Robert Richford Roberts
Robert Richford Roberts (August 2, 1778 – March 26, 1843) distinguished himself as an American Methodist Circuit Rider, Pastor, Presiding Elder, and Bishop of the Methodist Episcopal Church, elected in 1816. He was the first married man in America to serve as Bishop of the Methodist Episcopal Church.
Birth and early life
Roberts was born in Frederick County, Maryland. His father was of Welsh and his mother of Irish ancestry. They were communicants of The Church of England. In 1785 the family moved to the Ligonier Valley, Westmoreland County, Pennsylvania. Roberts united with the M.E. Church when he was fourteen years old. Until he was twenty-one his was a thoroughly frontier existence, with few books and quite simple habits. Yet early on he commenced with study, all the while being drawn gradually toward the Ministry.
In the Spring of 1802 he was received on trial in the Baltimore Annual Conference, and appointed to a circuit including Carlisle, Pennsylvania and twenty-nine other preaching appointments in Western Pennsylvania, Maryland and Ohio. He was ordained, both Deacon and Elder, by Bishop Francis Asbury. It took as long as a month to visit the entire circuit. Roberts studied constantly. In 1804 a senior colleague reported that "his moral character was perfect and his head a complete magazine."
He was then sent by Bishop Asbury to Baltimore, where he reluctantly went, as he doubted his being suited to city congregations. Subsequently, Rev. Robert filled appointments in Baltimore, Alexandria, Virginia; Georgetown, and Philadelphia. In 1815 he was appointed Presiding Elder of the Schuylkill District of the Philadelphia Annual Conference. Owing to the death of Bishop Asbury, Rev. Roberts was elected to preside over the Philadelphia Annual Conference in the spring of 1816.
At the General Conference of 1816, the Rev. Robert Richford Roberts was elected to the office of Bishop, 14 May 1816. Being the first married man to serve as a Methodist Bishop, and the financial support for a Bishop being exceedingly small (since his predecessors had all had no dependents), Bishop Roberts settled in the western part of Pennsylvania upon a farm which he owned. From there he traveled extensively from Maine to Mississippi.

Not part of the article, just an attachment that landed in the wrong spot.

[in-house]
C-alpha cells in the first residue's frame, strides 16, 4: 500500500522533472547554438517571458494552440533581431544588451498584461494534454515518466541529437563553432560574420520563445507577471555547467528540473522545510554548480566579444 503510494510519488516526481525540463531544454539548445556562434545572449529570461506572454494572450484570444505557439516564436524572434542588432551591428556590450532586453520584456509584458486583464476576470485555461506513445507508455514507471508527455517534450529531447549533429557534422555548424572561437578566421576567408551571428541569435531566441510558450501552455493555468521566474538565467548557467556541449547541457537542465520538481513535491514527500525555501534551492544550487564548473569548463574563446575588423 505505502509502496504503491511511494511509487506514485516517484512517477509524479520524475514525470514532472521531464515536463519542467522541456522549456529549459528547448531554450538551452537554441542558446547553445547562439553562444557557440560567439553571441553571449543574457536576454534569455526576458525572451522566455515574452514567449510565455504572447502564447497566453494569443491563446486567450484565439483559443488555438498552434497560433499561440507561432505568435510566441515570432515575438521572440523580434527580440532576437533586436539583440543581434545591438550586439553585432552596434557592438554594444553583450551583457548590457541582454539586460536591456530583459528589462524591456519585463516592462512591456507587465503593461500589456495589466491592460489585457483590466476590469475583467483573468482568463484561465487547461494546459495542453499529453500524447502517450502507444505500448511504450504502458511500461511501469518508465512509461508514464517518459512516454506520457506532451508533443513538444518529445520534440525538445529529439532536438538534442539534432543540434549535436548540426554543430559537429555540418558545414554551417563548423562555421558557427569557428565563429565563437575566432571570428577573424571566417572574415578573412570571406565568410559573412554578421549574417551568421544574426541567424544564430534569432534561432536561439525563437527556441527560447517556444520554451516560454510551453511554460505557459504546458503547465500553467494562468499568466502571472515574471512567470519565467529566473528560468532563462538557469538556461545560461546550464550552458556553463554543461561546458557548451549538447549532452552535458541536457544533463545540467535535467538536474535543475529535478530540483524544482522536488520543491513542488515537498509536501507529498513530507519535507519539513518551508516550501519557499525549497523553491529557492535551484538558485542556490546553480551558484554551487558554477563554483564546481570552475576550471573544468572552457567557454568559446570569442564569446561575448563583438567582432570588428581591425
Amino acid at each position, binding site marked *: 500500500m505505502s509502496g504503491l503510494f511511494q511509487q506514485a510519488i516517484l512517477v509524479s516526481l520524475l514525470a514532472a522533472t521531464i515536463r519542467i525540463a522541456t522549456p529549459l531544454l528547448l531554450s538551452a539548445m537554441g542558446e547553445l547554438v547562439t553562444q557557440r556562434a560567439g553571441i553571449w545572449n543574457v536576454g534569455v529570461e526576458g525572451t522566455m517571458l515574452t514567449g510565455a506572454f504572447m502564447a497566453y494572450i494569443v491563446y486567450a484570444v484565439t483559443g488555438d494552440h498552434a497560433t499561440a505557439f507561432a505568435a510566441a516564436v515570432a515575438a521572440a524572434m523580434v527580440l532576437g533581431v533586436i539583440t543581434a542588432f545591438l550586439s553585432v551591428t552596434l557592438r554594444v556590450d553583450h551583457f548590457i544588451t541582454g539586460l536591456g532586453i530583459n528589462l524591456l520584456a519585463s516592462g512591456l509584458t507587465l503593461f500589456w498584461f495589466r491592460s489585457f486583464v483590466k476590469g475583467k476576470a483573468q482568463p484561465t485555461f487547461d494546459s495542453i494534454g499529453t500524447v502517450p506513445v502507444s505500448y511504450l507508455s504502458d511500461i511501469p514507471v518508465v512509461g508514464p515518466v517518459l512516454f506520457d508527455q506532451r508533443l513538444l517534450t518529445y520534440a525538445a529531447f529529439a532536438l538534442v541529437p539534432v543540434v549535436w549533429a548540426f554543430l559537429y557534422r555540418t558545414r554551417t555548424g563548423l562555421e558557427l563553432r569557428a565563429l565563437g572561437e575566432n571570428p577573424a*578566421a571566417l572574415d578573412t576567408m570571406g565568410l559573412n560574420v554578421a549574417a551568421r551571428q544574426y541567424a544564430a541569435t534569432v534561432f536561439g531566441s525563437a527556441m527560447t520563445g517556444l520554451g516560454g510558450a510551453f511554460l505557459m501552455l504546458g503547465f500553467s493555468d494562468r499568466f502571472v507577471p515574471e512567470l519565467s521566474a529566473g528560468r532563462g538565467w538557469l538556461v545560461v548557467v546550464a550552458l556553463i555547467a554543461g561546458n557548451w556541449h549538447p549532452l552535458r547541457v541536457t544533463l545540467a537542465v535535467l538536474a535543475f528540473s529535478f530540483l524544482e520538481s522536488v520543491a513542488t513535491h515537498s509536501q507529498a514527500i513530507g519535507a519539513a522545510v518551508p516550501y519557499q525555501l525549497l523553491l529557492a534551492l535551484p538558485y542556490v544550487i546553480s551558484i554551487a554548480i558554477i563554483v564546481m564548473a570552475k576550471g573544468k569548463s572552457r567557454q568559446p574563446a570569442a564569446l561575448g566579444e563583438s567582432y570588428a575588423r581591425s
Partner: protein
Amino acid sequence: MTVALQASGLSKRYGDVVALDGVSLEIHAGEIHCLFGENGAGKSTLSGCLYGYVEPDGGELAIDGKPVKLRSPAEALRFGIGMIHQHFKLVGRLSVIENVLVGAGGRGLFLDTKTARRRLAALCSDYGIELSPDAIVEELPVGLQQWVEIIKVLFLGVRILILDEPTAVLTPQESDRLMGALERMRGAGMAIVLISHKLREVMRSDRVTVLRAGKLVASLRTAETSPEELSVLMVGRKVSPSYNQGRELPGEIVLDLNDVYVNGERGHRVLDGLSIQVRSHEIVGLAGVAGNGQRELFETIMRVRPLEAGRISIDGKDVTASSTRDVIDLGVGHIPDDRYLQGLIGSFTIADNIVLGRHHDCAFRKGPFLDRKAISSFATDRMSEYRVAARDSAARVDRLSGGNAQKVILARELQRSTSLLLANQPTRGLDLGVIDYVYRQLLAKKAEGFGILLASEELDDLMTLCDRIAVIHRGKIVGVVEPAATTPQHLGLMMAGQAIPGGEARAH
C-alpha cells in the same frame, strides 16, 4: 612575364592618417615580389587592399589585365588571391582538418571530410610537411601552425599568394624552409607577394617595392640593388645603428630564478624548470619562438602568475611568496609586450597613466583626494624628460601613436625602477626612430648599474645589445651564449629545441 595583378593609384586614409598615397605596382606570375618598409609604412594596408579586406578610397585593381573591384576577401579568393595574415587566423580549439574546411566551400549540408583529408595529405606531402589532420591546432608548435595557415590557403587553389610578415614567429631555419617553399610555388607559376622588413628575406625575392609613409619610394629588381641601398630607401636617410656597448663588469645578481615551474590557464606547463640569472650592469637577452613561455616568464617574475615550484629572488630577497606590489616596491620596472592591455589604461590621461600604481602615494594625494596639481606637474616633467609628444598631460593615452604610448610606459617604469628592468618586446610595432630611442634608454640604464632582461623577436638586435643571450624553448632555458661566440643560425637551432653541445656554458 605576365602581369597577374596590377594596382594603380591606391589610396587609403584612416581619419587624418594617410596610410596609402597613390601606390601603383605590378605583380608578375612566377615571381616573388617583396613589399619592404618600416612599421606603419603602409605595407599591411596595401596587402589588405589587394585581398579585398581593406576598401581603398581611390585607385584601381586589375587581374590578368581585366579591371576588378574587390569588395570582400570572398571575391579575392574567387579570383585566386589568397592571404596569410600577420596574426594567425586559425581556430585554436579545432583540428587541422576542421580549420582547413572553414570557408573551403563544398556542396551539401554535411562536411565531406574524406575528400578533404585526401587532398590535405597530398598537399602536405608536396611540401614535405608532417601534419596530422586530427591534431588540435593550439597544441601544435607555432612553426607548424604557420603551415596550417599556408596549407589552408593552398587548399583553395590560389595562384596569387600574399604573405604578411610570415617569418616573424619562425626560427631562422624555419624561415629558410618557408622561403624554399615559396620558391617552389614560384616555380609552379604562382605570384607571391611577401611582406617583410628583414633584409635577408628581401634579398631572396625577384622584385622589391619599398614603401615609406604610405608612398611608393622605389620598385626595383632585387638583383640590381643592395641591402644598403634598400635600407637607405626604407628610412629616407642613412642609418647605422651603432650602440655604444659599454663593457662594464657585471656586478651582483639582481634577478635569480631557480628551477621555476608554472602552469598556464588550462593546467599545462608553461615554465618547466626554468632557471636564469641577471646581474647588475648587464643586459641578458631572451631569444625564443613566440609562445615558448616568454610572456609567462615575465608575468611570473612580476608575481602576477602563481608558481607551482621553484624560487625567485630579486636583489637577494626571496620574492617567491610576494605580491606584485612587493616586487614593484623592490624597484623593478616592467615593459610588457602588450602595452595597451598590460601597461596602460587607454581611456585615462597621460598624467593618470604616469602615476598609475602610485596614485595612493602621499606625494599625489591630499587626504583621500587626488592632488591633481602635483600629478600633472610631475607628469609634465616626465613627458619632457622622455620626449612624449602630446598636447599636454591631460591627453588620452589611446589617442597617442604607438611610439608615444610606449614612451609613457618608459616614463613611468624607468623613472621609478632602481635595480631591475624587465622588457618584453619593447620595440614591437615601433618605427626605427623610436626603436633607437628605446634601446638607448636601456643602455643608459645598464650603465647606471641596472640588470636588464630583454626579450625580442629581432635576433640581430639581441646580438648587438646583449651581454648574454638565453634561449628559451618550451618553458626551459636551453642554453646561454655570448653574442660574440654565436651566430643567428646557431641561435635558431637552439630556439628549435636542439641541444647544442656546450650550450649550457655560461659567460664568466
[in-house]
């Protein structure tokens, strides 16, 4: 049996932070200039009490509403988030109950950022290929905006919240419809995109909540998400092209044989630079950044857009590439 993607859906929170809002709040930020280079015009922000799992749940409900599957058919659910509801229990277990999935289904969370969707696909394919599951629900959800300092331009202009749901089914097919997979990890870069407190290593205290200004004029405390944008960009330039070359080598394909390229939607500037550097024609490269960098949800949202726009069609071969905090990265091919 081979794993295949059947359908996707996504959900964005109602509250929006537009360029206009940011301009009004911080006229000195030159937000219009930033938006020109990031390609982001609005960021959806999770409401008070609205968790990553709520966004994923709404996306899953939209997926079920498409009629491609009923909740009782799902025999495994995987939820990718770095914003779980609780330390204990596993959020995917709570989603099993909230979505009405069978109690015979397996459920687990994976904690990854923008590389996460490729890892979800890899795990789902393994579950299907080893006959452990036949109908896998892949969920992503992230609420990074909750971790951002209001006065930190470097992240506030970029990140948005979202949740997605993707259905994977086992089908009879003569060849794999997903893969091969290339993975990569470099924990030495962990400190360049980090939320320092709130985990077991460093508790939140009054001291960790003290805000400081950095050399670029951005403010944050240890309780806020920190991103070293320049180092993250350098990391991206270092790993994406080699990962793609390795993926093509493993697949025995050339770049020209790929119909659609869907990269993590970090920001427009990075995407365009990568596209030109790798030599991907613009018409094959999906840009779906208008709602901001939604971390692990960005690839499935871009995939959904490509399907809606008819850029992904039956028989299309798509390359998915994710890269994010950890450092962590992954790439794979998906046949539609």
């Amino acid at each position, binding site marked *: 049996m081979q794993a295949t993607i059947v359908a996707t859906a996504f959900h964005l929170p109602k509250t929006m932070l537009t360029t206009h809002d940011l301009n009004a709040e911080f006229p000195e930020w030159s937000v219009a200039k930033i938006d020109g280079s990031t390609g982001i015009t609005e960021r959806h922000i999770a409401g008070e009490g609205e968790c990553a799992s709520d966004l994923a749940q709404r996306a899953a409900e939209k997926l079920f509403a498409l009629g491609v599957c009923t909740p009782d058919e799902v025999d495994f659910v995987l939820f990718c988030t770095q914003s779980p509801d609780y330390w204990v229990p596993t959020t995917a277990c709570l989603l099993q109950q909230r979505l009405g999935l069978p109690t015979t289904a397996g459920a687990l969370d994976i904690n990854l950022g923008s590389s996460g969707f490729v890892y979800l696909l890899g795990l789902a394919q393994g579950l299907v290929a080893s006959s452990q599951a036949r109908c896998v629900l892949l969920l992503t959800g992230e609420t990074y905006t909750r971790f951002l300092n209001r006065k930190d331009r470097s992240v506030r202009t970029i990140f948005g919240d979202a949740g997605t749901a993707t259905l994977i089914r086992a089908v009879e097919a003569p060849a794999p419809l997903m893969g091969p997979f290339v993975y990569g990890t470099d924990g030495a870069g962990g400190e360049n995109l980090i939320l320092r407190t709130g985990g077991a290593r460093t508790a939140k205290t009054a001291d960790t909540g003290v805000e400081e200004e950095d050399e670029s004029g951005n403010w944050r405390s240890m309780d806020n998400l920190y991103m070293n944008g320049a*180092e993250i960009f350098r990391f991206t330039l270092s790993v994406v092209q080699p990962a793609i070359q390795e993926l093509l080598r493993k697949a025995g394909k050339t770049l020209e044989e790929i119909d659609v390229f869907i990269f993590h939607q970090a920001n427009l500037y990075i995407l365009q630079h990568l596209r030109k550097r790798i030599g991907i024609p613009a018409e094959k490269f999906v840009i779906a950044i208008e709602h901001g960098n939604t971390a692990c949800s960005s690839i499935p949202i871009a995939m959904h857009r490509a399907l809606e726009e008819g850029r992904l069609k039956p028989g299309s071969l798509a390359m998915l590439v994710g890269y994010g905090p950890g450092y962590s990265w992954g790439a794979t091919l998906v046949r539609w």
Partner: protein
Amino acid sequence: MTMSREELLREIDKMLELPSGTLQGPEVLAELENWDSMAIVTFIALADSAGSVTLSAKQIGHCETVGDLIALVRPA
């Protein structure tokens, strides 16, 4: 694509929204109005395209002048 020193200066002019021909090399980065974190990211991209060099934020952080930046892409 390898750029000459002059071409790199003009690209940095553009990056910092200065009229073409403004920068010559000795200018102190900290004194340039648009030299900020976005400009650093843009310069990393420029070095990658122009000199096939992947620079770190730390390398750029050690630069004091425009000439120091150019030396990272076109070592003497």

Subsequently, he removed to Indiana and settled on a farm near White River, continuing to preach, visit the churches, and attend the Conferences in all parts of the Union. He accomplished much for missions in the west (i.e., western states, which then included Indiana, etc.). Indeed, only a year or two before his death he visited the Indian mission work of his denomination west of Arkansas.
- while during these excitements severe and exciting denunciations of the Bishops were publicly made–while they were called 'popes' and 'usurpers'–the patriarchal appearance and the humble and loving manner of Bishop Roberts disarmed prejudice wherever he went.
Death and legacy
In the spring of 1843 Bishop Roberts contracted bilious fever. He died March 26, 1843 in Lawrence County, Indiana. He is buried along with his wife on the grounds of United Methodist-affiliated DePauw University, where there is also a residence hall named in his honor. The Roberts Park United Methodist Church in downtown Indianapolis is named for him, too.
- Elliott, Charles (Rev.), Life of Bishop Roberts, New York, 1853.
- Cyclopaedia of Methodism, Matthew Simpson, D.D., LL.D., Ed., (Revised Edition.) Philadelphia, Louis H. Everts, 1880.
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- Leete, Frederick DeLand, Methodist Bishops. Nashville, The Methodist Publishing House, 1948.
- Short, Roy Hunter, Chosen to be Consecrated: The Bishops of The Methodist Church, 1784–1968, Lake Junaluska, N.C., General Commission on Archives and History of the United Methodist Church, 1976.
- This article incorporates text from a publication now in the public domain: Wilson, James Grant; Fiske, John, eds. (1891). "article name needed". Appletons' Cyclopædia of American Biography. New York: D. Appleton.